For the record, what Obama actually called for, first in 2009 was:
“Tonight, I ask every American to commit to at least one year or more of higher education or career training. This can be community college or a four-year school; vocational training or an apprenticeship. But whatever the training may be, every American will need to get more than a high school diploma.”
Let’s put aside the blatant falsehoods and give Santorum some credit for his own education. One would have to assume that he knows most of what he said is pure bullshit. For example, he must surely be aware that there is absolutely no evidence that anyone is indoctrinating students at major universities in the United States with some liberal 99% serum, and almost no evidence that “62 percent of kids who enter college with some sort of faith commitment leave without it.” However, bullshit or not, he misses the point of higher education entirely, and for that, he does his supporters, many of whom are in dire need of education, no favors.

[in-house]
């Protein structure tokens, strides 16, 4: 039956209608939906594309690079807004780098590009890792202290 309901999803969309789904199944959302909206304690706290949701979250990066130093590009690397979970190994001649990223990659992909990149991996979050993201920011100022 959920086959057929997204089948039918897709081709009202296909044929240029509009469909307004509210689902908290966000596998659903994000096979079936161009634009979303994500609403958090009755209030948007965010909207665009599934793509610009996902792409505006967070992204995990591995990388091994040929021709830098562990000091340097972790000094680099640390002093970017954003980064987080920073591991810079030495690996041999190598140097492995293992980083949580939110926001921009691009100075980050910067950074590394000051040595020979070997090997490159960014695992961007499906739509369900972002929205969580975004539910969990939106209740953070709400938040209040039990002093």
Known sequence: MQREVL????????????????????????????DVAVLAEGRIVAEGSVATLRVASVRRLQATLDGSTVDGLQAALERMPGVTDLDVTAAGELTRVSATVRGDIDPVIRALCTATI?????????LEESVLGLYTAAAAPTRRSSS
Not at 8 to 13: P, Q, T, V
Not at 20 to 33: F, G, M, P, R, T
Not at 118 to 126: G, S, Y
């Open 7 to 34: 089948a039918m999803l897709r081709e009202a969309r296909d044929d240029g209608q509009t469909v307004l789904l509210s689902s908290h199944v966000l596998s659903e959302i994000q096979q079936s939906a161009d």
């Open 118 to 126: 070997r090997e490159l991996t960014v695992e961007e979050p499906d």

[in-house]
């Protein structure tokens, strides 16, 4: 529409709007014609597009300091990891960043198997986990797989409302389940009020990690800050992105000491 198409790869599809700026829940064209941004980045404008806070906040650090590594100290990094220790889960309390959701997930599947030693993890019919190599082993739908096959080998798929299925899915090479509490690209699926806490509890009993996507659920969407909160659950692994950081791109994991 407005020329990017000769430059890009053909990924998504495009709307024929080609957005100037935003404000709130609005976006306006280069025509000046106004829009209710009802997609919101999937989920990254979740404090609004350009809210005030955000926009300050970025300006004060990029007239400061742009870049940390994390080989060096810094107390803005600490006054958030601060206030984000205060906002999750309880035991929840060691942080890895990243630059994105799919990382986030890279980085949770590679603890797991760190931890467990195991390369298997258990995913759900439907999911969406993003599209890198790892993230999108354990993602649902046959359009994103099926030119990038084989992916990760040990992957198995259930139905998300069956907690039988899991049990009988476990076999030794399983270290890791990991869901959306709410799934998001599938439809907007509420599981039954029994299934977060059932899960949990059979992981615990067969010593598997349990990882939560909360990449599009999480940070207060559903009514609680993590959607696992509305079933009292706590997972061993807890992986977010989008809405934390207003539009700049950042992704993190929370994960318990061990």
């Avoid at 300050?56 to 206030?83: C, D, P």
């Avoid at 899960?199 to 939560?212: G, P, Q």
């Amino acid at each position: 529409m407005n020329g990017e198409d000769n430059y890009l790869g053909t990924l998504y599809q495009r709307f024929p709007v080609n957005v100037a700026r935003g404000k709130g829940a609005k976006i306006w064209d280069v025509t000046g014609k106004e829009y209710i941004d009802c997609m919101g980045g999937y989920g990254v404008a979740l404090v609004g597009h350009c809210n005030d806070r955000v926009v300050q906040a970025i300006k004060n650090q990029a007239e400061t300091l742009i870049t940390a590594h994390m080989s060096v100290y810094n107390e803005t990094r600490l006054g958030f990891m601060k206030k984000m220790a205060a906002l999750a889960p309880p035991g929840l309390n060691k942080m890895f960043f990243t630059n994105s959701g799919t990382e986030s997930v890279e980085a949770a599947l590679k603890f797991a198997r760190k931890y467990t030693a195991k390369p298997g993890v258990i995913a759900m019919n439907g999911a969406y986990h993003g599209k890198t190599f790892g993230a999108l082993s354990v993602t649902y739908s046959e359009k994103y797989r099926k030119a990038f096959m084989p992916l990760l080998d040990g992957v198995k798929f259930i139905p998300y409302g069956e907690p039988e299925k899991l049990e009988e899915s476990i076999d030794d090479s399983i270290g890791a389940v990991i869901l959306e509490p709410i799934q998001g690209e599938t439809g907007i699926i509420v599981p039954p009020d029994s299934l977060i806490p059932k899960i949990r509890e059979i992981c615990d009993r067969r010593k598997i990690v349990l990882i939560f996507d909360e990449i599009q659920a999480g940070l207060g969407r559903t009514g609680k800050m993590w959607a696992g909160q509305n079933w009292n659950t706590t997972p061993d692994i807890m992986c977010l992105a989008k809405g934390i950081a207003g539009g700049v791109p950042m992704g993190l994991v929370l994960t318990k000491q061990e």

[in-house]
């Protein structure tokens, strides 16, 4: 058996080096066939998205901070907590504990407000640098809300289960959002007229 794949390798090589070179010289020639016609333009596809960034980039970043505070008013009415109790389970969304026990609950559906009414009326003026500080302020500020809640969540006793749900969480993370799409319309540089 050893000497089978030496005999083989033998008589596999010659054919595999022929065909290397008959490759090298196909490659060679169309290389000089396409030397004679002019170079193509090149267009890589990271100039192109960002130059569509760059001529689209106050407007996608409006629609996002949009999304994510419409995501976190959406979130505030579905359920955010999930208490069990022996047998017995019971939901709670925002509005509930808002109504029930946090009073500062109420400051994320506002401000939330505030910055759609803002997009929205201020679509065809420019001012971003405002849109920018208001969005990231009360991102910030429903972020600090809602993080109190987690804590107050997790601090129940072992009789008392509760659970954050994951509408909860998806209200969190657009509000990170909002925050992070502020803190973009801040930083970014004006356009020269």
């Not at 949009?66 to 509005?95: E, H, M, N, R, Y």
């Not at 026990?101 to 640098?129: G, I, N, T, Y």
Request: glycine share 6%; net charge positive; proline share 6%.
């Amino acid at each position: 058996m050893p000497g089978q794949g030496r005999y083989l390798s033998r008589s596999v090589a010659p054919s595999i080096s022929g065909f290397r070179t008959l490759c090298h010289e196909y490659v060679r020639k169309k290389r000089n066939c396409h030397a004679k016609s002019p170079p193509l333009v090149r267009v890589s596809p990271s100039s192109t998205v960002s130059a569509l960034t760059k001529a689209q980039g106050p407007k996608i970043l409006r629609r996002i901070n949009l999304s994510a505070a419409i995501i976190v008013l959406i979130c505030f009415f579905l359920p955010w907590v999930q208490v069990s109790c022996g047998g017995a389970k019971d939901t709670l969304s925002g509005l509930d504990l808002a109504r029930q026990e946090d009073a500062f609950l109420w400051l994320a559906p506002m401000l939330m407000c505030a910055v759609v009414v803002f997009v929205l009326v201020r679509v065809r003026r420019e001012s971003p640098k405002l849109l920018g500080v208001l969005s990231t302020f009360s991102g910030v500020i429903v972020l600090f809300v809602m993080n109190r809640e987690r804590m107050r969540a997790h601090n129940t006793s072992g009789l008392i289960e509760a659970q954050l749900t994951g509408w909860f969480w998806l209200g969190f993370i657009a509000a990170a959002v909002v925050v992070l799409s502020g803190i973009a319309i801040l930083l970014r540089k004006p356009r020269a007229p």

Higher education is not about simply practically applying some set of skills to the labor market upon graduation. One is free to attend a trade or vocational school, a community college, or embark on an apprenticeship at any point in their life. It need not be the second one completes high school, a point at which almost no one is actually psychologically mature enough nor emotionally prepared for a long term career of any kind. In fact, in practice it is progressives who truly value the people who do the most difficult and back breaking work in America. It is progressives who fight for higher wages in the careers requiring the least education and the most labor intensive jobs in this nation. It is the Republican Party that seeks to manipulate the very lack of formal education in many folks to their own nefarious ends. That being said, I do not believe that Rick Santorum is bright or politically connected enough to be invited to the closed door meetings in which the conspiracy to limit access to education as a social strategy is planned. So his statements are nothing more than political pandering on the one hand, and a fundamental and sad misunderstanding of education on the other.